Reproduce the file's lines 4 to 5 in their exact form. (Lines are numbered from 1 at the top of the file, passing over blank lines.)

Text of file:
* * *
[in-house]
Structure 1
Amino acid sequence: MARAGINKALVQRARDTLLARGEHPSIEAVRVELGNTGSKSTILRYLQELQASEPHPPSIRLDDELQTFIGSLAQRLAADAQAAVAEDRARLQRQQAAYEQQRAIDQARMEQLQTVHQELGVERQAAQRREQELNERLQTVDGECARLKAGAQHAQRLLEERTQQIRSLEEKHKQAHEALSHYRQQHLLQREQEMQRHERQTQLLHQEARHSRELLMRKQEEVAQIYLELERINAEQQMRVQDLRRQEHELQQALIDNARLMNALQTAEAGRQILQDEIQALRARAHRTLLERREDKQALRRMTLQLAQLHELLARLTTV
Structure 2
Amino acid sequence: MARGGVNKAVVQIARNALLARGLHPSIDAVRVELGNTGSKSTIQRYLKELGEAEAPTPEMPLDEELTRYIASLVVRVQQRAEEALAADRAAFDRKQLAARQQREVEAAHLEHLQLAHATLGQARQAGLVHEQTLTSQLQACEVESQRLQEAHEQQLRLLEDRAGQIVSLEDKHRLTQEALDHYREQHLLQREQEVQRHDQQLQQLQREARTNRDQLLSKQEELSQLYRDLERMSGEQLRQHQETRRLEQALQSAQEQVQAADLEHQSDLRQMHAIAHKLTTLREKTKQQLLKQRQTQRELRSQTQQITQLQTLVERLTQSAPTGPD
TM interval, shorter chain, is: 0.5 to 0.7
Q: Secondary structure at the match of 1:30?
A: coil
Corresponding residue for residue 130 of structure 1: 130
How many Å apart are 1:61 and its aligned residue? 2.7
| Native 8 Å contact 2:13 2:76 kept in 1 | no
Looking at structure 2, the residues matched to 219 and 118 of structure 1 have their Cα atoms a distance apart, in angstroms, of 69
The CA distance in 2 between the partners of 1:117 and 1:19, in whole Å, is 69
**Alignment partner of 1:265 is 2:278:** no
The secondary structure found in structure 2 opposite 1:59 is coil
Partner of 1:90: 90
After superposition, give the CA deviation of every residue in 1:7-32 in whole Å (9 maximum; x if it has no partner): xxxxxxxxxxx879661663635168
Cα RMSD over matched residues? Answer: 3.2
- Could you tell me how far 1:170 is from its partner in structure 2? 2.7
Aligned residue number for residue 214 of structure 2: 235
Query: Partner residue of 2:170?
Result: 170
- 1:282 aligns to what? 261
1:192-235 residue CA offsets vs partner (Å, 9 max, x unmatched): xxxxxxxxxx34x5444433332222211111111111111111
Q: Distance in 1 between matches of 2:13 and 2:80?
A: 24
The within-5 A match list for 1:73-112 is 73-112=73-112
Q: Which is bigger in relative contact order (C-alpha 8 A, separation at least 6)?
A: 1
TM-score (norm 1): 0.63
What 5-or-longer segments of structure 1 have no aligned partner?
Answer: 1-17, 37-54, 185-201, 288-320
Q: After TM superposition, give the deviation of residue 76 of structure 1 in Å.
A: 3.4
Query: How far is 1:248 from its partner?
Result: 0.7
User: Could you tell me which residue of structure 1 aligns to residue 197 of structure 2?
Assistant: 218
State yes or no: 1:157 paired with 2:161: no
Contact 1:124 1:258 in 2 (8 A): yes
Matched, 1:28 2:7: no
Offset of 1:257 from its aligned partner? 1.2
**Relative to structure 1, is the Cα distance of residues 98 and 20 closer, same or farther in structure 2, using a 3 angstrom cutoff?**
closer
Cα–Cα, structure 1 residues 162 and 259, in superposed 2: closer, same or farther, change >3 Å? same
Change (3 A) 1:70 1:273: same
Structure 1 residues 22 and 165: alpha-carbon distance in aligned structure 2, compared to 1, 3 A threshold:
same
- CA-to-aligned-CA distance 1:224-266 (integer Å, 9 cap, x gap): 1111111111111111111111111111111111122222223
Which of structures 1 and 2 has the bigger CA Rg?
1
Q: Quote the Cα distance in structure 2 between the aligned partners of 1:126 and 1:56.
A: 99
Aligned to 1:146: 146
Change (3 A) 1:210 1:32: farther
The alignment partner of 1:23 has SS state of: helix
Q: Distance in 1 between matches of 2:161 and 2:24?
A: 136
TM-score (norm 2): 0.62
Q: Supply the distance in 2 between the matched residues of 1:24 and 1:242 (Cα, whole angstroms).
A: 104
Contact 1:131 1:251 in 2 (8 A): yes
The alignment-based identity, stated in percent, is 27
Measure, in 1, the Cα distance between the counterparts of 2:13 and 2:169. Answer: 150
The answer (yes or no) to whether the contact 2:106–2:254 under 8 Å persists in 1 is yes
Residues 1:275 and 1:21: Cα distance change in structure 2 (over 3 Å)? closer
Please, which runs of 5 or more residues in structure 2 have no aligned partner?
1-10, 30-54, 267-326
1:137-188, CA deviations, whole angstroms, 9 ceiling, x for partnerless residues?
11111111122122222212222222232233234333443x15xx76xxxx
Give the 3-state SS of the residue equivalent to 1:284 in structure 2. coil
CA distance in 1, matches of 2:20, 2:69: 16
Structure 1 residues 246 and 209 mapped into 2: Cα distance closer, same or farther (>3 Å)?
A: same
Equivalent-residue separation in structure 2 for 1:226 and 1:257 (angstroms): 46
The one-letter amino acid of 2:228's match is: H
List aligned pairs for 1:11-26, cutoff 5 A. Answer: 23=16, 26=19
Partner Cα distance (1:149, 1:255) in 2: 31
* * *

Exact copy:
Structure 2
Amino acid sequence: MARGGVNKAVVQIARNALLARGLHPSIDAVRVELGNTGSKSTIQRYLKELGEAEAPTPEMPLDEELTRYIASLVVRVQQRAEEALAADRAAFDRKQLAARQQREVEAAHLEHLQLAHATLGQARQAGLVHEQTLTSQLQACEVESQRLQEAHEQQLRLLEDRAGQIVSLEDKHRLTQEALDHYREQHLLQREQEVQRHDQQLQQLQREARTNRDQLLSKQEELSQLYRDLERMSGEQLRQHQETRRLEQALQSAQEQVQAADLEHQSDLRQMHAIAHKLTTLREKTKQQLLKQRQTQRELRSQTQQITQLQTLVERLTQSAPTGPD